There is generally a lack of clarity on what a “dApp” is, especially with the wide array of technologies that have come about in recent years, starting with the Bitcoin blockchain.
Some of the belief is that a dApp is exclusively a smart contract running on a blockchain, such as Ethereum. In particular, with the popularity around ICO’s in 2016–2018, this has been a widely-accepted definition. There has been an assumption that a dApp runs on a blockchain or requires the blockchain to operate, whether it be for smart contracts, payments, or other purposes.
A dApp, also known as a “decentralized application”, is an application that is built upon one or more decentralized services. Blockchains are one of these decentralized services, but there are many others. What is a decentralized service, then?
Simply, it is a network of peers that can intercommunicate to collectively provide some sort of service, in a P2P (peer to peer) fashion, where there are no centralized servers that control the network.
Every participating server in a P2P network is effectively equal in terms of “control” and importance in the network, much like a flock of sheep or swarm of bees (without a queen). Often, such P2P networks are referred to as swarms.
A dApp’s backend logic could use any combination of the following decentralized services:
- File storage (IPFS, Storj Labs, Sia Tech, etc)
- Edge cloud storage (NOIA, etc)
- Edge data store (Bluzelle, etc)
- Immutable data storage + smart contracts (ethereum, NEO, Zilliqa, etc)
- Computing (Golem Project, SONM, etc)
These are just examples and is not a comprehensive list. A typical dApp will be designed to use the right mix of decentralized services for its back-end.
A dApp’s front-end can run on devices such as phones, browsers, kiosks, etc. It is the back-end that powers the application that determines if it is decentralized or not.
Decentralized applications have been around long before the blockchain was “invented” in 2009, with the widespread release of the Bitcoin blockchain. For example, in 2001, the Torrent protocol was created and resulted in the release of P2P clients that enabled the sharing of files. This version of Torrent was not completely decentralized, as it still required trackers, which were centralized servers that tracked who had the files or portions thereof. But in 2005, a trackerless version of Torrent came out, where the system was now completely decentralized. Torrent is the best example of a widely-used application that is decentralized and uses no blockchain technology whatsoever. It is the best example of a very early dApp.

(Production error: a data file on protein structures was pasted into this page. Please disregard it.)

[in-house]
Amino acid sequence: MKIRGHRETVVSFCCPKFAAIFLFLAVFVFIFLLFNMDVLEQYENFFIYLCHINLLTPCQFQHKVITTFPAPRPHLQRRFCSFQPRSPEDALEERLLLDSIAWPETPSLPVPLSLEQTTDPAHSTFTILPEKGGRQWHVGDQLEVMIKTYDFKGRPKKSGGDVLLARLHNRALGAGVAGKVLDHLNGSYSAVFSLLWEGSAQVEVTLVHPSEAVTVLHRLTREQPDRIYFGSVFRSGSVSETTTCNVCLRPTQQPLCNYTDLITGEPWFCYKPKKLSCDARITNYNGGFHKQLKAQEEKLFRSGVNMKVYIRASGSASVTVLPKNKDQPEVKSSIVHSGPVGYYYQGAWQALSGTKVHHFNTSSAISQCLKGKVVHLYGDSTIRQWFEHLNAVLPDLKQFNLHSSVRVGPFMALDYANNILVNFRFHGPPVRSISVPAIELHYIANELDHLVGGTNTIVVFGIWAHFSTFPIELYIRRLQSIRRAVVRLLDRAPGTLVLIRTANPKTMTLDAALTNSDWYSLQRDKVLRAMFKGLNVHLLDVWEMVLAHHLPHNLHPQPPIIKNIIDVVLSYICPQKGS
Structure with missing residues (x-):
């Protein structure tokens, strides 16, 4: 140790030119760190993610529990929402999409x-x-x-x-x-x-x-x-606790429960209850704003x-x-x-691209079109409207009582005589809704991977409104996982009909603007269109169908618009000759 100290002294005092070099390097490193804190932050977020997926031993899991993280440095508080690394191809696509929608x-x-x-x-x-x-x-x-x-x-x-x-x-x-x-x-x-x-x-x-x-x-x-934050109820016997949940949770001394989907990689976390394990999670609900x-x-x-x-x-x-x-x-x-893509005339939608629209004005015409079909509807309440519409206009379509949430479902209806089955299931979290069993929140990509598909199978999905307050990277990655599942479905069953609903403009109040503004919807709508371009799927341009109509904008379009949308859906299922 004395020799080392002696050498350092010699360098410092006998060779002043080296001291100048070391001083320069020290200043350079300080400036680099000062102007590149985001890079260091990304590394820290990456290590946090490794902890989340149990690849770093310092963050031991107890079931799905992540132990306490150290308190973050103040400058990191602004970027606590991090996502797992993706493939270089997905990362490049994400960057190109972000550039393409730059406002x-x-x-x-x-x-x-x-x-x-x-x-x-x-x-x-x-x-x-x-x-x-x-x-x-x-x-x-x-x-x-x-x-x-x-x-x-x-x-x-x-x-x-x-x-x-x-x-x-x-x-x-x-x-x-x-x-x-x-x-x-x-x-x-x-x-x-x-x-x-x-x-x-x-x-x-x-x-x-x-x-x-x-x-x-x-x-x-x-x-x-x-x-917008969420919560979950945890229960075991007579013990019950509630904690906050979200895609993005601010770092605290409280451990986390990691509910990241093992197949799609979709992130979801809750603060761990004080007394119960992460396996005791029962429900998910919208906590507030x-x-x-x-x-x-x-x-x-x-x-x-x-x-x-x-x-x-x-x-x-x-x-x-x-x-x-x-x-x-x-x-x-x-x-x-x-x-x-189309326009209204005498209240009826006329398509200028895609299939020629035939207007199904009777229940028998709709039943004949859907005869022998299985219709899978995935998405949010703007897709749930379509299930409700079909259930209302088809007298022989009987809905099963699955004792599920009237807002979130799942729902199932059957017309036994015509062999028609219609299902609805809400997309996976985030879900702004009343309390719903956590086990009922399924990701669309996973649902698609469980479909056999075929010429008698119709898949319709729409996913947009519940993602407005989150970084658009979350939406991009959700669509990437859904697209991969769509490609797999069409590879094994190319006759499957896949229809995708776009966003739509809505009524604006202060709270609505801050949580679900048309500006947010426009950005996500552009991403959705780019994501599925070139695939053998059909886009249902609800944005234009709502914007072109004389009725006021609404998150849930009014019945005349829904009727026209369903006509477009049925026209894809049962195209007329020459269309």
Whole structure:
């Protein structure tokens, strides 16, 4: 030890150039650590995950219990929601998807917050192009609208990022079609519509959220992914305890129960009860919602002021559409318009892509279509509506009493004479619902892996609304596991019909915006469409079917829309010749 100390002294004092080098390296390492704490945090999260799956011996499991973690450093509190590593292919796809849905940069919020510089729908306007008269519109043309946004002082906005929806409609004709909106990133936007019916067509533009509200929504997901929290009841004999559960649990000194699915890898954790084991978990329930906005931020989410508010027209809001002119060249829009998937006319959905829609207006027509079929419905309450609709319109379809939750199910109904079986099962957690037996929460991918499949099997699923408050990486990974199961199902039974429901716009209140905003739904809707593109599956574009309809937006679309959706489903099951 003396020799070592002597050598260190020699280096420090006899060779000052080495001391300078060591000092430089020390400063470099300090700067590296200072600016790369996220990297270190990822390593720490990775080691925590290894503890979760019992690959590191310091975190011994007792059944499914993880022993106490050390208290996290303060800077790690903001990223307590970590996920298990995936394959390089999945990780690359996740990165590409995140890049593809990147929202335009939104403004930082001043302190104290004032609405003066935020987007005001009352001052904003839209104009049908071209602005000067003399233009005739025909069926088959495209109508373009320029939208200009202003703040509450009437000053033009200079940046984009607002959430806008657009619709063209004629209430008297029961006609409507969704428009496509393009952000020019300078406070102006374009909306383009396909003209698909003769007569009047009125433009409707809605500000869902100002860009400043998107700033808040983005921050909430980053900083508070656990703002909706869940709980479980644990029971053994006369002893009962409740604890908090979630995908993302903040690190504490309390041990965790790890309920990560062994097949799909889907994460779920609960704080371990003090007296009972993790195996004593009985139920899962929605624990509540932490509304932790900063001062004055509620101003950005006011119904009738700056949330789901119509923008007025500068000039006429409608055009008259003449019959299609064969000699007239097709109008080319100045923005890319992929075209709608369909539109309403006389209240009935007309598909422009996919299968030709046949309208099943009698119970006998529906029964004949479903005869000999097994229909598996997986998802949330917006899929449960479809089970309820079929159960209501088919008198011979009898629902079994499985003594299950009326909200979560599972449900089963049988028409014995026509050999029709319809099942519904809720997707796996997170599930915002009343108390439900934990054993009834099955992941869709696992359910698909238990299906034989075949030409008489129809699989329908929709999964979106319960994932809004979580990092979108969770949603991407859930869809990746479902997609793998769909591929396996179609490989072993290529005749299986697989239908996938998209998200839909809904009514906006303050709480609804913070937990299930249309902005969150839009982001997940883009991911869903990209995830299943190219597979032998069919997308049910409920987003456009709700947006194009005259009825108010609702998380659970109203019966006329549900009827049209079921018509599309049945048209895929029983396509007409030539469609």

The Centralized Internet
Practically speaking, there are many aspects of the Internet that dApps have to still make use of, that are still centralized. These include DNS (powered by centralized root servers), IP networks (powered by telco’s), and other infrastructural technologies. In the discussion of dApps, we need to take the practical stance that some of these fundamental technologies that power basic Internet services required for dApps will still be relatively centralized for the time being. We take the approach that it is the services we use on top of the Internet that dictate if our application is decentralized or not.
Furthermore, there will be applications that are only partially decentralized. For example, some games might be available through platforms like Steam or an AppStore on Apple or Android. They might be tied into payment networks like Paypal to take payments, despite the fact that they store all their data on decentralized services. It would be acceptable in many of these cases, to call these partially decentralized applications. The decentralized services stack is not yet complete, and so partial decentralization will be a practical reality for the time being.
In closing, I hope this article clarifies what a dApp is, and what it is not. The definition is much broader than what most people think. A dApp is an application who’s back-end infrastructure is driven by P2P participants with no centralized form of control.